Dong Fang Hotel Embraces the Open Door
The two years leading up to 1979 saw various experiments introduced at the Dong Fang Hotel aimed at better serving the overseas visitors to the Canton Trade Fair.
Some lasted longer than others, like the hamburger stand in the Old Wing lobby area, which came and went rather quickly for reasons unknown to me to this day.
At one of the Fairs in 1978, my colleague and I arrived in the late afternoon, checked into the hotel, completed all the various registration forms, and then went for a Chinese dinner in the hotel.
After dinner we went to a very plain reception area with glass-topped tables and wooden chairs, which was available in the evening as a meeting place for guests, offering a limited array of local drinks and snacks.
We sat, and I went to the service counter and ordered one large bottle of Qingdao beer for us to share. The price was RMB 0.90 per bottle.
The next day, following our meetings and dinner, we went back to the same place. But there had been a few subtle changes overnight.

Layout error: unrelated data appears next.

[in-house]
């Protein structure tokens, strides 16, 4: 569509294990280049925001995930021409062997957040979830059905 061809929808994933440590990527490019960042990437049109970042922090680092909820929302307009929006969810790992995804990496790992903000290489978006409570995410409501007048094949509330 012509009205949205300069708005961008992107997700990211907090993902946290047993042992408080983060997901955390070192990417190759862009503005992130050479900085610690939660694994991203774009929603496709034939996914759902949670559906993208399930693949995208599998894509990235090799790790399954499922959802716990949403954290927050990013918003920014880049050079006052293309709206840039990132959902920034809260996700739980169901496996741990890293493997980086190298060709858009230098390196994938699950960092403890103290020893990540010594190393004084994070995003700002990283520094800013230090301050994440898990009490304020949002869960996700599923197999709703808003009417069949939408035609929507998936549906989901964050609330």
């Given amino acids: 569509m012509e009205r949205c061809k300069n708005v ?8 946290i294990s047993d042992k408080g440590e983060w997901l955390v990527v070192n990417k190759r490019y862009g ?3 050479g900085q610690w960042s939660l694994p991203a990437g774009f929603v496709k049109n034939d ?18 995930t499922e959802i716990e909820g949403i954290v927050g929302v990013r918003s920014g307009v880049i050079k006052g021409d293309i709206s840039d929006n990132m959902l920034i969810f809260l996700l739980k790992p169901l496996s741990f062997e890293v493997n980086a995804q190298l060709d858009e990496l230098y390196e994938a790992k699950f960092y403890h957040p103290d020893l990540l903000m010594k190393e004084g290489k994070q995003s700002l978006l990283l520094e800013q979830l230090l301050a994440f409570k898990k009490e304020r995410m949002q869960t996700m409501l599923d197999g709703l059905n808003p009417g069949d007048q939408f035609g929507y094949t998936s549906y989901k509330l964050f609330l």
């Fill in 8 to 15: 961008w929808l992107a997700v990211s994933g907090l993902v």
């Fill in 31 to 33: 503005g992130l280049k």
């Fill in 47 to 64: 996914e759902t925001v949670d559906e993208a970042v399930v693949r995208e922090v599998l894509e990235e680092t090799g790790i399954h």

The tables had white cotton tablecloths on top of the glass, the ceiling was festooned with some strings of tiny white lights like those used to decorate Christmas trees, and there was a small portable tape deck playing Hong Kong Canto-pop music at a very subdued volume.
We sat down and I went back to the service desk and ordered the same as the day before: one large bottle of Qingdao. The price was RMB 1.80.
I asked the same young man who’d served us the previous evening why the price had doubled overnight. He replied to me as if I had asked quite a dumb question, ignoring the obvious new reality.
He said: “Because this is now a Ballroom.”
OK. Got it. Whatever you say.
This was another one of those moments in that pre-Open Door era that I sensed much larger changes were just around the corner, some of which were likely to have significant inflationary impact.
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